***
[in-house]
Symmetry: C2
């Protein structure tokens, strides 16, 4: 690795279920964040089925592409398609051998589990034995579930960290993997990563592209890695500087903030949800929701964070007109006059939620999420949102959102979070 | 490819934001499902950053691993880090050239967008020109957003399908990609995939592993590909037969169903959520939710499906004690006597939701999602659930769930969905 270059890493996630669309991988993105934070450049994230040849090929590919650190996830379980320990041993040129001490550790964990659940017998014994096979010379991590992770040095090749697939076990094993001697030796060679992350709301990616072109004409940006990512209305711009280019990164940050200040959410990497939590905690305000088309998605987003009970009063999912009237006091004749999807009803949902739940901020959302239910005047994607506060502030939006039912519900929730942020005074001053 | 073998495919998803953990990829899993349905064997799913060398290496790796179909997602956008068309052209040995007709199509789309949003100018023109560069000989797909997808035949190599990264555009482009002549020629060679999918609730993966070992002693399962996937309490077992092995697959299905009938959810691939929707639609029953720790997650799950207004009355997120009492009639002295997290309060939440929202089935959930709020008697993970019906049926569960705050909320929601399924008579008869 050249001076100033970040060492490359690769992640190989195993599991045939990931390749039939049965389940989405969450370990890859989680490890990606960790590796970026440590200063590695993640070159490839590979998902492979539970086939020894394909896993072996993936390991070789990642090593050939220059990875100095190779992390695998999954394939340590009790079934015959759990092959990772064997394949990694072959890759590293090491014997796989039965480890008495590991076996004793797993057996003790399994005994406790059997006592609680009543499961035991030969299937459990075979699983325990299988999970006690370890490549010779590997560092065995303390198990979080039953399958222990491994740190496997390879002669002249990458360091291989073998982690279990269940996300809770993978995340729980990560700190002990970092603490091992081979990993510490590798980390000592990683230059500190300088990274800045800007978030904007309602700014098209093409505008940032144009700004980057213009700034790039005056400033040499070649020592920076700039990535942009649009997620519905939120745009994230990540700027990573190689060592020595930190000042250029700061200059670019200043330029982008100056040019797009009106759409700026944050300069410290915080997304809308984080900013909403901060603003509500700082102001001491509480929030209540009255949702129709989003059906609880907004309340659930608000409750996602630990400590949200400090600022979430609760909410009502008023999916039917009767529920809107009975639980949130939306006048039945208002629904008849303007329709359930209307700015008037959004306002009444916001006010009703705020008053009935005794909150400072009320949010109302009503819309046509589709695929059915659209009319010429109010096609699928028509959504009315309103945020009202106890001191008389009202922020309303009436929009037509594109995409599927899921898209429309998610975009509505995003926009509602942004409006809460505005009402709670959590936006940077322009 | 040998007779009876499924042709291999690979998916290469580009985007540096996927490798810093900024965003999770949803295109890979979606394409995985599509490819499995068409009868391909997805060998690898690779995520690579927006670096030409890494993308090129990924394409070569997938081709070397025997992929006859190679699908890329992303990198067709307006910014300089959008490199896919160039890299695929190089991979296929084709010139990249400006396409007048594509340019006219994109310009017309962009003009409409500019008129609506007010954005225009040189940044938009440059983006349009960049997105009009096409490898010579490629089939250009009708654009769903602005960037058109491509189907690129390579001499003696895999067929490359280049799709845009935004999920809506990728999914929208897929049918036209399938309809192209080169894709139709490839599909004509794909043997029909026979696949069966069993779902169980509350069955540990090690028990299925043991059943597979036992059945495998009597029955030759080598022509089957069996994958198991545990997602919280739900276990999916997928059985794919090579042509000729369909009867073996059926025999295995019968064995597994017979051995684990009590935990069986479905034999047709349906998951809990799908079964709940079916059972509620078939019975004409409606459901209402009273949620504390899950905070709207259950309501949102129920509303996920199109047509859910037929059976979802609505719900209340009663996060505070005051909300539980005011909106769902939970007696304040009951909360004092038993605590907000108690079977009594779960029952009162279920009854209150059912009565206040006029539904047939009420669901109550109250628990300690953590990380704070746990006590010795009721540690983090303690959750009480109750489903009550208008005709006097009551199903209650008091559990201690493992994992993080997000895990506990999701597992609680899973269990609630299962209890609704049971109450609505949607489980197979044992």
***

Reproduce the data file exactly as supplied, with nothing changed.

[in-house]
Symmetry: C2
């Protein structure tokens, strides 16, 4: 690795279920964040089925592409398609051998589990034995579930960290993997990563592209890695500087903030949800929701964070007109006059939620999420949102959102979070 | 490819934001499902950053691993880090050239967008020109957003399908990609995939592993590909037969169903959520939710499906004690006597939701999602659930769930969905 270059890493996630669309991988993105934070450049994230040849090929590919650190996830379980320990041993040129001490550790964990659940017998014994096979010379991590992770040095090749697939076990094993001697030796060679992350709301990616072109004409940006990512209305711009280019990164940050200040959410990497939590905690305000088309998605987003009970009063999912009237006091004749999807009803949902739940901020959302239910005047994607506060502030939006039912519900929730942020005074001053 | 073998495919998803953990990829899993349905064997799913060398290496790796179909997602956008068309052209040995007709199509789309949003100018023109560069000989797909997808035949190599990264555009482009002549020629060679999918609730993966070992002693399962996937309490077992092995697959299905009938959810691939929707639609029953720790997650799950207004009355997120009492009639002295997290309060939440929202089935959930709020008697993970019906049926569960705050909320929601399924008579008869 050249001076100033970040060492490359690769992640190989195993599991045939990931390749039939049965389940989405969450370990890859989680490890990606960790590796970026440590200063590695993640070159490839590979998902492979539970086939020894394909896993072996993936390991070789990642090593050939220059990875100095190779992390695998999954394939340590009790079934015959759990092959990772064997394949990694072959890759590293090491014997796989039965480890008495590991076996004793797993057996003790399994005994406790059997006592609680009543499961035991030969299937459990075979699983325990299988999970006690370890490549010779590997560092065995303390198990979080039953399958222990491994740190496997390879002669002249990458360091291989073998982690279990269940996300809770993978995340729980990560700190002990970092603490091992081979990993510490590798980390000592990683230059500190300088990274800045800007978030904007309602700014098209093409505008940032144009700004980057213009700034790039005056400033040499070649020592920076700039990535942009649009997620519905939120745009994230990540700027990573190689060592020595930190000042250029700061200059670019200043330029982008100056040019797009009106759409700026944050300069410290915080997304809308984080900013909403901060603003509500700082102001001491509480929030209540009255949702129709989003059906609880907004309340659930608000409750996602630990400590949200400090600022979430609760909410009502008023999916039917009767529920809107009975639980949130939306006048039945208002629904008849303007329709359930209307700015008037959004306002009444916001006010009703705020008053009935005794909150400072009320949010109302009503819309046509589709695929059915659209009319010429109010096609699928028509959504009315309103945020009202106890001191008389009202922020309303009436929009037509594109995409599927899921898209429309998610975009509505995003926009509602942004409006809460505005009402709670959590936006940077322009 | 040998007779009876499924042709291999690979998916290469580009985007540096996927490798810093900024965003999770949803295109890979979606394409995985599509490819499995068409009868391909997805060998690898690779995520690579927006670096030409890494993308090129990924394409070569997938081709070397025997992929006859190679699908890329992303990198067709307006910014300089959008490199896919160039890299695929190089991979296929084709010139990249400006396409007048594509340019006219994109310009017309962009003009409409500019008129609506007010954005225009040189940044938009440059983006349009960049997105009009096409490898010579490629089939250009009708654009769903602005960037058109491509189907690129390579001499003696895999067929490359280049799709845009935004999920809506990728999914929208897929049918036209399938309809192209080169894709139709490839599909004509794909043997029909026979696949069966069993779902169980509350069955540990090690028990299925043991059943597979036992059945495998009597029955030759080598022509089957069996994958198991545990997602919280739900276990999916997928059985794919090579042509000729369909009867073996059926025999295995019968064995597994017979051995684990009590935990069986479905034999047709349906998951809990799908079964709940079916059972509620078939019975004409409606459901209402009273949620504390899950905070709207259950309501949102129920509303996920199109047509859910037929059976979802609505719900209340009663996060505070005051909300539980005011909106769902939970007696304040009951909360004092038993605590907000108690079977009594779960029952009162279920009854209150059912009565206040006029539904047939009420669901109550109250628990300690953590990380704070746990006590010795009721540690983090303690959750009480109750489903009550208008005709006097009551199903209650008091559990201690493992994992993080997000895990506990999701597992609680899973269990609630299962209890609704049971109450609505949607489980197979044992």